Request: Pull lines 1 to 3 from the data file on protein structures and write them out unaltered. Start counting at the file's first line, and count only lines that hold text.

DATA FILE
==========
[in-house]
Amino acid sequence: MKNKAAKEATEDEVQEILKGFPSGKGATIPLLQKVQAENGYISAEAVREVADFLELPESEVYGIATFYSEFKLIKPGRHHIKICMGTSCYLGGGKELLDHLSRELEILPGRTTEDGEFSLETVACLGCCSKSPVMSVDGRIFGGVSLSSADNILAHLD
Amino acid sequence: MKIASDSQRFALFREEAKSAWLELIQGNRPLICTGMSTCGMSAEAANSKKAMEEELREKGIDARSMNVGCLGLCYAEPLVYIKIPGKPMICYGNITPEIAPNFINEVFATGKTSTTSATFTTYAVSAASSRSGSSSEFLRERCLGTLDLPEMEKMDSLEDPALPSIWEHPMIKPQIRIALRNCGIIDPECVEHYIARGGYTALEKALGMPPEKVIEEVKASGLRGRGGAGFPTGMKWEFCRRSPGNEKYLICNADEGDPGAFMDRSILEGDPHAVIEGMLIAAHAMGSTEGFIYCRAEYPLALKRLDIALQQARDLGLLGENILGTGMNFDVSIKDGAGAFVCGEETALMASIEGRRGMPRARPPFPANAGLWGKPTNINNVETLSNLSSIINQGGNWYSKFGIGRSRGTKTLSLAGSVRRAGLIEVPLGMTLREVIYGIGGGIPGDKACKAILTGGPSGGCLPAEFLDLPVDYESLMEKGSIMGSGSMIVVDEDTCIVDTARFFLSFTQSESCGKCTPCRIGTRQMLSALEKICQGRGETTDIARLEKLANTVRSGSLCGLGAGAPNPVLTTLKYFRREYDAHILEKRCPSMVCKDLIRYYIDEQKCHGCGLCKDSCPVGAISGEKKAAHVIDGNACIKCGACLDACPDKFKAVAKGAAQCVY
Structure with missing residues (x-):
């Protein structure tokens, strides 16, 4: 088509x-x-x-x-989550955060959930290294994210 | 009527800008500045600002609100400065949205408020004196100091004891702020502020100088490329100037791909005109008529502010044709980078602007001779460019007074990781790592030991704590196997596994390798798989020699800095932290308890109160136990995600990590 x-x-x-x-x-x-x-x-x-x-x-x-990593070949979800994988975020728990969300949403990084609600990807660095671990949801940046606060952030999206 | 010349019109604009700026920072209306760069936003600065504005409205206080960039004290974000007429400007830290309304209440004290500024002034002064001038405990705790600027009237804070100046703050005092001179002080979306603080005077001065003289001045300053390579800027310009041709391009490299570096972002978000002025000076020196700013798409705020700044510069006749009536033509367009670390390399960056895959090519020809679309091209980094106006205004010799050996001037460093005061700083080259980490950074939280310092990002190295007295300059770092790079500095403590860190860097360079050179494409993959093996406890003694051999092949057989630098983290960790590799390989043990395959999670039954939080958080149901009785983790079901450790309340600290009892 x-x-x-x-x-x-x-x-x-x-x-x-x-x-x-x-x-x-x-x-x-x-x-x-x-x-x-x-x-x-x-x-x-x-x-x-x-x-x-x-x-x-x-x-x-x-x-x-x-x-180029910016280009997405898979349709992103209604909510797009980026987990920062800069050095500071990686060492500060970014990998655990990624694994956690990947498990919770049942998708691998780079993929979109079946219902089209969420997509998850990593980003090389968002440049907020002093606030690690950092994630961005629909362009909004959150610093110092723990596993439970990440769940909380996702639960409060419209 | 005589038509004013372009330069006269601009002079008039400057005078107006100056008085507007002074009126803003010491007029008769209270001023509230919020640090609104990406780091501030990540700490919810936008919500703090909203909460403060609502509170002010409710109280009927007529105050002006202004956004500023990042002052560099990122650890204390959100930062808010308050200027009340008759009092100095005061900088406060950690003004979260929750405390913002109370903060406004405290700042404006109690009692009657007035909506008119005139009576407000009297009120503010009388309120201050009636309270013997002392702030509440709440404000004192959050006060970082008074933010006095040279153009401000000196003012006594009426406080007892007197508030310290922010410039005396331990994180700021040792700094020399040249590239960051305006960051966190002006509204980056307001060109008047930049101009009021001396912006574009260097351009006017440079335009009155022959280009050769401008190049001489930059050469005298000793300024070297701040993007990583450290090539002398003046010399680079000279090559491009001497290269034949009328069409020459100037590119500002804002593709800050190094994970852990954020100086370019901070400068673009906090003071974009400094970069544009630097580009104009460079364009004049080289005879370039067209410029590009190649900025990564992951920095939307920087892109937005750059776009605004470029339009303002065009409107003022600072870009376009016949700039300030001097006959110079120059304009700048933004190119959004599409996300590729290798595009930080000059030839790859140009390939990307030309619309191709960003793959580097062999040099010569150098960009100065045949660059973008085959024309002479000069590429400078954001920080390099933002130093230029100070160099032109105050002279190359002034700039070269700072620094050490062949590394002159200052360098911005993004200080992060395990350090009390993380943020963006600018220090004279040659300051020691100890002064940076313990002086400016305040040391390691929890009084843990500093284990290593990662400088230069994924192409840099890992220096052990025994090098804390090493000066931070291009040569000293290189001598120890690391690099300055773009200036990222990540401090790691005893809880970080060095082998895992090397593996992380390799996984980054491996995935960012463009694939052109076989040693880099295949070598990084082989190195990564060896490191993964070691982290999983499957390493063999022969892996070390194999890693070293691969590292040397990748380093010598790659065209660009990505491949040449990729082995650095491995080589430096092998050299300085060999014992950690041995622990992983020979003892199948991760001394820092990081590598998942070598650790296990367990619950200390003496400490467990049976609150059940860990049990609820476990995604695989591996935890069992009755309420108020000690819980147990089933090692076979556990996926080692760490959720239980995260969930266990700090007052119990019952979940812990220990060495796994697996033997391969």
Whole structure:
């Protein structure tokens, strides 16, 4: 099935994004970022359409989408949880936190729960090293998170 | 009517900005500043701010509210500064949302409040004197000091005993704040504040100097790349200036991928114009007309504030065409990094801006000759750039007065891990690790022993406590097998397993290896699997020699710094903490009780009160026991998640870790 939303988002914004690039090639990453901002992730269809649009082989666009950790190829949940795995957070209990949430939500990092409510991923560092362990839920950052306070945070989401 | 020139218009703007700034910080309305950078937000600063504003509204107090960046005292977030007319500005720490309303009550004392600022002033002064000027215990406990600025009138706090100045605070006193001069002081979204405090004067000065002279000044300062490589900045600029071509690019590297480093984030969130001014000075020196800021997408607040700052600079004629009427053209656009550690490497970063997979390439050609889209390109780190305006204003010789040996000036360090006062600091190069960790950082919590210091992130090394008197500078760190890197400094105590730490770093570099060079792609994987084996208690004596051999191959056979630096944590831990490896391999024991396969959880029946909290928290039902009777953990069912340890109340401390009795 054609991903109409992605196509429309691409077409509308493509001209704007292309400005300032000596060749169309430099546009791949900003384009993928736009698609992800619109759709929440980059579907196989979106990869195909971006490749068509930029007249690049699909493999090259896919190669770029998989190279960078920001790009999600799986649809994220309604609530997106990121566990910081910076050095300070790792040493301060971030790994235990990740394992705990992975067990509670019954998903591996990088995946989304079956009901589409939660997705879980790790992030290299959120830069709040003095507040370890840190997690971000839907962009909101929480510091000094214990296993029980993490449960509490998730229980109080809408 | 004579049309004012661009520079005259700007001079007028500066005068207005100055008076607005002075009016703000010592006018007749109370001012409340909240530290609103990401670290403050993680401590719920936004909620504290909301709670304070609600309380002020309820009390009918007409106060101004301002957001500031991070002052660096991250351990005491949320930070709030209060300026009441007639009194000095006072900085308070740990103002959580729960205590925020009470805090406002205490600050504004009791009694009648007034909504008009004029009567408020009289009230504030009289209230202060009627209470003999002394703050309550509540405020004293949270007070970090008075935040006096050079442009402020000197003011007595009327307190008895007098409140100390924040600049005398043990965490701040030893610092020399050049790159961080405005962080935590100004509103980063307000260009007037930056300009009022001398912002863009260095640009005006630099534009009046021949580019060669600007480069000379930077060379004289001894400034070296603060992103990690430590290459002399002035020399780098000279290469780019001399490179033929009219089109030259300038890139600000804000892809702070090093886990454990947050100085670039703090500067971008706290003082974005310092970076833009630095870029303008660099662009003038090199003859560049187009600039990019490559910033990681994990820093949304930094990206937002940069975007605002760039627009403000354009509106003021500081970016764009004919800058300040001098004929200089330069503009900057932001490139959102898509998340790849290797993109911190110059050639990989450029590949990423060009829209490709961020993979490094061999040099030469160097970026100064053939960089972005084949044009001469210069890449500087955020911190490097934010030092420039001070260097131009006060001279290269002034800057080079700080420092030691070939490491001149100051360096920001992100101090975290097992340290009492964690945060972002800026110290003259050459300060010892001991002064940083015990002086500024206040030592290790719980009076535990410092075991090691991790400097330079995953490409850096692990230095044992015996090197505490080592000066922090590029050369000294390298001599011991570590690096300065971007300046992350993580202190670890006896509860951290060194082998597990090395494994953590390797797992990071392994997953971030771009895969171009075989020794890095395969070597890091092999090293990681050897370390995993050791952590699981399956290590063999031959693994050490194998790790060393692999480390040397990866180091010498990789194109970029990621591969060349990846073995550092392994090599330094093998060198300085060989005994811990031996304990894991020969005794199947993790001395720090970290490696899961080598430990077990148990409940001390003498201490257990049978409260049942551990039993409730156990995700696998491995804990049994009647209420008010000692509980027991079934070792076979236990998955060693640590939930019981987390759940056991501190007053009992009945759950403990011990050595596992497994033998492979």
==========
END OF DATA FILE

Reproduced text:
[in-house]
Amino acid sequence: MKNKAAKEATEDEVQEILKGFPSGKGATIPLLQKVQAENGYISAEAVREVADFLELPESEVYGIATFYSEFKLIKPGRHHIKICMGTSCYLGGGKELLDHLSRELEILPGRTTEDGEFSLETVACLGCCSKSPVMSVDGRIFGGVSLSSADNILAHLD
Amino acid sequence: MKIASDSQRFALFREEAKSAWLELIQGNRPLICTGMSTCGMSAEAANSKKAMEEELREKGIDARSMNVGCLGLCYAEPLVYIKIPGKPMICYGNITPEIAPNFINEVFATGKTSTTSATFTTYAVSAASSRSGSSSEFLRERCLGTLDLPEMEKMDSLEDPALPSIWEHPMIKPQIRIALRNCGIIDPECVEHYIARGGYTALEKALGMPPEKVIEEVKASGLRGRGGAGFPTGMKWEFCRRSPGNEKYLICNADEGDPGAFMDRSILEGDPHAVIEGMLIAAHAMGSTEGFIYCRAEYPLALKRLDIALQQARDLGLLGENILGTGMNFDVSIKDGAGAFVCGEETALMASIEGRRGMPRARPPFPANAGLWGKPTNINNVETLSNLSSIINQGGNWYSKFGIGRSRGTKTLSLAGSVRRAGLIEVPLGMTLREVIYGIGGGIPGDKACKAILTGGPSGGCLPAEFLDLPVDYESLMEKGSIMGSGSMIVVDEDTCIVDTARFFLSFTQSESCGKCTPCRIGTRQMLSALEKICQGRGETTDIARLEKLANTVRSGSLCGLGAGAPNPVLTTLKYFRREYDAHILEKRCPSMVCKDLIRYYIDEQKCHGCGLCKDSCPVGAISGEKKAAHVIDGNACIKCGACLDACPDKFKAVAKGAAQCVY